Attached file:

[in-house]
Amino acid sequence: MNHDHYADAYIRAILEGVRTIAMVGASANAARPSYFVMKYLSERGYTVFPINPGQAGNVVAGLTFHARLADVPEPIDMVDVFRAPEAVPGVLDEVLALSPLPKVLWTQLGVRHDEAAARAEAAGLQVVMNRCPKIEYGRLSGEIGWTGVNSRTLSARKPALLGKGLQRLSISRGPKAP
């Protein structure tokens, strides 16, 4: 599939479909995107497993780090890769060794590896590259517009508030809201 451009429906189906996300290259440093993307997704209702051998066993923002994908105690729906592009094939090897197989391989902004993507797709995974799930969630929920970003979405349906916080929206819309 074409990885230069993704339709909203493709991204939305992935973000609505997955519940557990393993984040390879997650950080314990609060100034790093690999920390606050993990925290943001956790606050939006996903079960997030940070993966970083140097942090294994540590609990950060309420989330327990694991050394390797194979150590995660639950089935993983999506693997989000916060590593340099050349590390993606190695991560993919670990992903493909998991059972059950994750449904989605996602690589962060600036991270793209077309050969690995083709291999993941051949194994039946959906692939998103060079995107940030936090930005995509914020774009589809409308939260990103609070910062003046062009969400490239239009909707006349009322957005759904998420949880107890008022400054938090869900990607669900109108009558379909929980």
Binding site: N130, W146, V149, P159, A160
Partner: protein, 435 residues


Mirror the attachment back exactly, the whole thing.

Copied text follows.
[in-house]
Amino acid sequence: MNHDHYADAYIRAILEGVRTIAMVGASANAARPSYFVMKYLSERGYTVFPINPGQAGNVVAGLTFHARLADVPEPIDMVDVFRAPEAVPGVLDEVLALSPLPKVLWTQLGVRHDEAAARAEAAGLQVVMNRCPKIEYGRLSGEIGWTGVNSRTLSARKPALLGKGLQRLSISRGPKAP
């Protein structure tokens, strides 16, 4: 599939479909995107497993780090890769060794590896590259517009508030809201 451009429906189906996300290259440093993307997704209702051998066993923002994908105690729906592009094939090897197989391989902004993507797709995974799930969630929920970003979405349906916080929206819309 074409990885230069993704339709909203493709991204939305992935973000609505997955519940557990393993984040390879997650950080314990609060100034790093690999920390606050993990925290943001956790606050939006996903079960997030940070993966970083140097942090294994540590609990950060309420989330327990694991050394390797194979150590995660639950089935993983999506693997989000916060590593340099050349590390993606190695991560993919670990992903493909998991059972059950994750449904989605996602690589962060600036991270793209077309050969690995083709291999993941051949194994039946959906692939998103060079995107940030936090930005995509914020774009589809409308939260990103609070910062003046062009969400490239239009909707006349009322957005759904998420949880107890008022400054938090869900990607669900109108009558379909929980």
Binding site: N130, W146, V149, P159, A160
Partner: protein, 435 residues